Assisted suicide in prison?
The prison suicide of Harold Shipman, a British doctor who became one of the worst serial killers of all time, has resulted in a surprising campaign to promote more suicides.
Britain's Inspectorate of Prisons says that the suicide rates in U.K. jails are about two a week, and some pundits want to see it climb even higher.
Much of the controversy stems from British Home Secretary David Blunkett's response to Shipman's death. "You wake up and you receive a phone call—Shipman's topped himself," he said last week. "You have just got to think for a minute: is it too early to open a bottle? And then you discover that everybody's very upset that he's done it."
But knowing that you'll spend the rest of your life in a cell is "a horrifying way for any human being to die, whatever they may have done," Mark Leech writes in Sunday's Independent. "For 'whole life' prisoners who have no hope there has to be a more humane way out of life, where intent can be independently verified and clarity of thought confirmed, where individuals can say their 'goodbyes' and with dignity check out of a life they no longer have the will to live."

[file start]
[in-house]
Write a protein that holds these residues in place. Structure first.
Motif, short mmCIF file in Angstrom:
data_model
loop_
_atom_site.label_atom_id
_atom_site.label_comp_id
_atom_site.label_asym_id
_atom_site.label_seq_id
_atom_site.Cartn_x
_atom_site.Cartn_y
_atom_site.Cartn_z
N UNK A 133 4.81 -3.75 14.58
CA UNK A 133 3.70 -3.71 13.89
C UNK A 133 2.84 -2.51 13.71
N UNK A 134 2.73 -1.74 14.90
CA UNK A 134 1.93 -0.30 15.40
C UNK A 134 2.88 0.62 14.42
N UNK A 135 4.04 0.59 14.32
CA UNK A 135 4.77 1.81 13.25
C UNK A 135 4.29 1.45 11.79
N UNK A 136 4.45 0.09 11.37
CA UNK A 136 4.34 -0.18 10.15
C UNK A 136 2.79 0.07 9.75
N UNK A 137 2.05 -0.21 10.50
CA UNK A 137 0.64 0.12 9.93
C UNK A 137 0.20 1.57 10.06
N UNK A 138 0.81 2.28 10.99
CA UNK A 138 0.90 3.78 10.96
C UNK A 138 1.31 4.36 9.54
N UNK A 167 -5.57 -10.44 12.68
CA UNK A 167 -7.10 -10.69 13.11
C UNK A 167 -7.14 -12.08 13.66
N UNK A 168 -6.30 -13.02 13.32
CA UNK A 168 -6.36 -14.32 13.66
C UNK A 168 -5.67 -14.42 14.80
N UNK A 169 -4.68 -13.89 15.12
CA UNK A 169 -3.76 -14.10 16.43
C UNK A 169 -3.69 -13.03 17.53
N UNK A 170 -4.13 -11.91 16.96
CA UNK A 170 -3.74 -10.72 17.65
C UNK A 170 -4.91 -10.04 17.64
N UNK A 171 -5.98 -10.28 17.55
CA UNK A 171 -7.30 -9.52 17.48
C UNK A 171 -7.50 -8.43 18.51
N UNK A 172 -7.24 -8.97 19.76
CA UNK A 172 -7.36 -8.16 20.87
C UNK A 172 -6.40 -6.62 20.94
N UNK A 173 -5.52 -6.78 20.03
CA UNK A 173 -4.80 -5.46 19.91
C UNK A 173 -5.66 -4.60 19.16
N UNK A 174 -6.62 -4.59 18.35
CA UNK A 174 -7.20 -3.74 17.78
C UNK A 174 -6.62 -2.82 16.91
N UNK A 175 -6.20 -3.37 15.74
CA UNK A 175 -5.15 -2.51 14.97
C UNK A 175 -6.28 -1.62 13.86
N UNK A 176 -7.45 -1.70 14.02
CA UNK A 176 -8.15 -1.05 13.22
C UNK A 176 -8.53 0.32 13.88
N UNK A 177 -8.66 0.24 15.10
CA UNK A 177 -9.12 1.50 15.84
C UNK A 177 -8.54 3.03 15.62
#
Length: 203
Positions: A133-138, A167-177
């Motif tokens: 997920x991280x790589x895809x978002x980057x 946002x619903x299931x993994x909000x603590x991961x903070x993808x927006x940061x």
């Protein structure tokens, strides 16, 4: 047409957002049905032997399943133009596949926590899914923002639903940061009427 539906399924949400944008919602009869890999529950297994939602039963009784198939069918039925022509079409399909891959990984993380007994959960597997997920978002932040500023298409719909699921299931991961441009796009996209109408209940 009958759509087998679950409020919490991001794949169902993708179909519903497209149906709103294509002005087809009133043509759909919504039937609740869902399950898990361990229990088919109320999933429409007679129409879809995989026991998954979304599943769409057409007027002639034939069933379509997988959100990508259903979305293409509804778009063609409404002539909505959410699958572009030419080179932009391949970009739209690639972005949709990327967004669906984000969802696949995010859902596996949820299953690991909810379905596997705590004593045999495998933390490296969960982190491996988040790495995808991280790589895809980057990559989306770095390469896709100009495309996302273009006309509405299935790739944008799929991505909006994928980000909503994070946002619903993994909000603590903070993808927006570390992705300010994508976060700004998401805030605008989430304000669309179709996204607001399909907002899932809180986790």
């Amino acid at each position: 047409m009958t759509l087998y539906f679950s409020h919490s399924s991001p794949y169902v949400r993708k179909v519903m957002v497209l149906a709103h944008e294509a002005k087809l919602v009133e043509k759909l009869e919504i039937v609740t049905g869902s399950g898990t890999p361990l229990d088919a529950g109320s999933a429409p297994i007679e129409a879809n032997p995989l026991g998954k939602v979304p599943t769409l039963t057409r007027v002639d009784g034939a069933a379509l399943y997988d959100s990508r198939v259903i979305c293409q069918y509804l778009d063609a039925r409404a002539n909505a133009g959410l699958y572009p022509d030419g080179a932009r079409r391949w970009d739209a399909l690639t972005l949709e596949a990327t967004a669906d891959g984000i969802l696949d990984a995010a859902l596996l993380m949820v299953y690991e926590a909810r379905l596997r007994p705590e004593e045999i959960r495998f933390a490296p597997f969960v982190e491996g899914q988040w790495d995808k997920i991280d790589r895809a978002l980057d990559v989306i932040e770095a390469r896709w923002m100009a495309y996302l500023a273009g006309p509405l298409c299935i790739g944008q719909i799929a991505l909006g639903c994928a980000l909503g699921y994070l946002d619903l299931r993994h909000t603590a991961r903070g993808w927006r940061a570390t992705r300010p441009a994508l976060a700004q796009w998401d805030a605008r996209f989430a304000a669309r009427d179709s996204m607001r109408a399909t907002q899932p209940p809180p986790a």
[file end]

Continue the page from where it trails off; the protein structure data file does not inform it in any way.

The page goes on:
Harry MacKenney, who was given a "whole life" sentence before being cleared of murder, made the same argument in widely quoted remarks to Leech's ConVerse Monthly Prison News. "The 20-odd people who are in the position that I was in ought to be given a way out by the State instead of festering in prison year after year only to die a horrible death at the end of ripped bedsheets dangling from their cell bars," he said. "I had reached such depths of absolute despair that I was prepared to sacrifice the whole of my future rather than spend one more day in prison but I did not have the courage ...1
Already a CT subscriber? Log in for full digital access.
Subscribe to Christianity Today and get access to this article plus 65+ years of archives.
- Home delivery of CT magazine
- Complete access to articles on ChristianityToday.com
- Over 120 years of magazine archives plus full access to all of CT’s online archives
- Learn more